Schleswig-Holstein (German: [ˈʃleːsvɪç ˈhɔlʃtaɪn]) is the northernmost of the 16 states of Germany, comprising most of the historical duchy of Holstein and the southern part of the former Duchy of Schleswig. Its capital city is Kiel; other notable cities are Lübeck and Flensburg.
Schleswig in 1600 The Viking settlement of Hedeby, located south of the modern town, was first mentioned in 804. It was a powerful settlement in the Baltic region, dominating the area for more than 200 years. In 1050, following several destructions, the population was moved to the opposite shore of the Schlei, becoming the city of Schleswig.
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From Simple English Wikipedia, the free encyclopedia Schleswig-Holstein is the northernmost of the 16 states (German: Bundesländer) in Germany. The Danish name is Slesvig-Holsten, the Low Saxon name is Sleswig-Holsteen and the Frisian name is Sleeswyk-Holstein.
Schleswig is a toun in the northeastren pairt o Schleswig-Holstein, Germany. It is the caipital o the Kreis Schleswig-Flensburg. It haes a population o aboot 27,000, the main industries bein leather an fuid processin. It taks its name frae the Schlei, an inlet o the Easter Seas at the end o which it sits, an "vik" or "vig" which means bay in the auld Viking leid an modren Dens leid. Schleswig or Slesvig tharefore means bay o the Schlei. Schleswig St. Peter's Cathedral Coat airms Schleswig Locati
In 1460, Schleswig fell to the Danish royal House of Oldenburg, in the person of Christian I, who inherited not only the Duchy, a Danish fief, but also the County of Holstein-Rendsburg, a Saxe-Lauenburgian subfief within the Holy Roman Empire, following the death of his maternal uncle Adolf I (and VIII as Count of Holstein-Rendsburg).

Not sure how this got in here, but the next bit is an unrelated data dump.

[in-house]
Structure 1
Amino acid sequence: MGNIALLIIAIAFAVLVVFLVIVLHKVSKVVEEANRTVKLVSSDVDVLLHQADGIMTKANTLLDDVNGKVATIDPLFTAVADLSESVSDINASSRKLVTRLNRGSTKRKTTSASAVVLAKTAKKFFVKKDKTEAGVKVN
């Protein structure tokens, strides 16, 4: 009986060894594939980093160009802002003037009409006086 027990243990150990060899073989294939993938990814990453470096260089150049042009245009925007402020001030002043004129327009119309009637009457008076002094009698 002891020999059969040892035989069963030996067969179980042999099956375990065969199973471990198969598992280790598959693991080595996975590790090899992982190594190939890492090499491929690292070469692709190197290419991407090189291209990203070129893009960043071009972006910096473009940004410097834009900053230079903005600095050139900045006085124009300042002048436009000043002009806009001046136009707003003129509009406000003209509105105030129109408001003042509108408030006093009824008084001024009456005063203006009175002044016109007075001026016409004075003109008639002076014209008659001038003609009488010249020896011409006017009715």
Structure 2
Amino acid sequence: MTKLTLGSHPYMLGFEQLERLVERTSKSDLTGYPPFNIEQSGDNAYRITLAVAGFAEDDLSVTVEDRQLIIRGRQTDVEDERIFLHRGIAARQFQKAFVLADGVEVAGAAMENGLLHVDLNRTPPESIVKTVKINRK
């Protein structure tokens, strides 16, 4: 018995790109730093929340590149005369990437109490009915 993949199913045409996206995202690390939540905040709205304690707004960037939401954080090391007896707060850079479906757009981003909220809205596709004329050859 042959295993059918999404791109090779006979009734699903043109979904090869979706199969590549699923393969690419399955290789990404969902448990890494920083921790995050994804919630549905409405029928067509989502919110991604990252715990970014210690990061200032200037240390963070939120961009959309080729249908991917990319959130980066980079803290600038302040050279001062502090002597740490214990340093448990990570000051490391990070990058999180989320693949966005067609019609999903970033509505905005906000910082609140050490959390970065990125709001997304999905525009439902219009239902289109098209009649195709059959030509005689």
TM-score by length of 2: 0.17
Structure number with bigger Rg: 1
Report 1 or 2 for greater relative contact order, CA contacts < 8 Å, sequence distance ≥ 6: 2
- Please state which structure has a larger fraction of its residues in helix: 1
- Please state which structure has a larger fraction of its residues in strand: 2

The Duchy of Schleswig-Holstein-Sonderburg-Plön (German: Herzogtum Schleswig-Holstein-Sonderburg-Plön), also Schleswig-Holstein-Plön, Holstein-Plön or just Duchy of Plön, was a small sub-duchy (Teilherzogtum) created by the physical division of the Duchy of Schleswig-Holstein-Sonderburg.
- Service history
SMS Schleswig-Holstein was the last of the five Deutschland-class battleships built by the German Kaiserliche Marine. The ship, named for the province of Schleswig-Holstein, was laid down in the Germaniawerft dockyard in Kiel in August 1905 and commissioned into the fleet nearly three years later. The ships of her class were already outdated by the time they entered service, being inferior in size, armor, firepower and speed to the new generation of dreadnought battleships. Schleswig-Holstein fo
The passage of the Second Naval Law in 1900 under the direction of Vizeadmiral Alfred von Tirpitz secured funding for the construction of twenty new battleships over the next seventeen years. The first group, the five Braunschweig-class battleships, were laid down in the early 1900s, and shortly thereafter design work began on a follow-on design, which became the Deutschland class. The Deutschland-class ships were broadly similar to the Braunschweigs and featured incremental improvements in armo
Schleswig-Holstein was laid down on 18 August 1905 at the Germaniawerft dockyard in Kiel. She was launched on 17 December 1906, the last pre-dreadnought battleship of the German navy. At Schleswig-Holstein's launching ceremony, she was christened by Augusta Victoria of Schleswig-Holstein, the German Empress; Wilhelm II was also in attendance. Ernst Gunther, the Duke of Schleswig-Holstein, gave the commissioning speech. Upon completion, Schleswig-Holstein was commissioned for sea trials on 6 July
Even though many Danish nationalists, such as the National Liberal ideologue and agitator Orla Lehmann, used the name "Schleswig", it began to assume a clear German nationalist character in the mid 19th century – especially when included in the combined term "Schleswig-Holstein". A central element of the German nationalistic claim was the ...